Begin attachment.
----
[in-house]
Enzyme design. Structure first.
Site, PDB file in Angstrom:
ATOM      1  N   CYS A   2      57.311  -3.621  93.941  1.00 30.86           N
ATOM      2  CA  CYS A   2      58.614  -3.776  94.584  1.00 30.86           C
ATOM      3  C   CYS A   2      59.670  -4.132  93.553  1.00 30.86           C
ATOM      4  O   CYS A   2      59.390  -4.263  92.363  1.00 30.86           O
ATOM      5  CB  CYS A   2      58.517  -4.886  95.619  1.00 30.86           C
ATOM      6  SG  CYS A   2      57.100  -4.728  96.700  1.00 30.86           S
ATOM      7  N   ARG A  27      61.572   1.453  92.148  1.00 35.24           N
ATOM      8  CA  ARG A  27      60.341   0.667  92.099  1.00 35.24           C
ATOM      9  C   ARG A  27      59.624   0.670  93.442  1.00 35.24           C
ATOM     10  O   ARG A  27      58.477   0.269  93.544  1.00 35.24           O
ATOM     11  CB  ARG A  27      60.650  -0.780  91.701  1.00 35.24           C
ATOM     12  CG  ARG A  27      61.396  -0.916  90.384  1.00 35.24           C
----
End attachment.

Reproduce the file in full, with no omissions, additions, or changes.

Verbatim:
[in-house]
Enzyme design. Structure first.
Site, PDB file in Angstrom:
ATOM      1  N   CYS A   2      57.311  -3.621  93.941  1.00 30.86           N
ATOM      2  CA  CYS A   2      58.614  -3.776  94.584  1.00 30.86           C
ATOM      3  C   CYS A   2      59.670  -4.132  93.553  1.00 30.86           C
ATOM      4  O   CYS A   2      59.390  -4.263  92.363  1.00 30.86           O
ATOM      5  CB  CYS A   2      58.517  -4.886  95.619  1.00 30.86           C
ATOM      6  SG  CYS A   2      57.100  -4.728  96.700  1.00 30.86           S
ATOM      7  N   ARG A  27      61.572   1.453  92.148  1.00 35.24           N
ATOM      8  CA  ARG A  27      60.341   0.667  92.099  1.00 35.24           C
ATOM      9  C   ARG A  27      59.624   0.670  93.442  1.00 35.24           C
ATOM     10  O   ARG A  27      58.477   0.269  93.544  1.00 35.24           O
ATOM     11  CB  ARG A  27      60.650  -0.780  91.701  1.00 35.24           C
ATOM     12  CG  ARG A  27      61.396  -0.916  90.384  1.00 35.24           C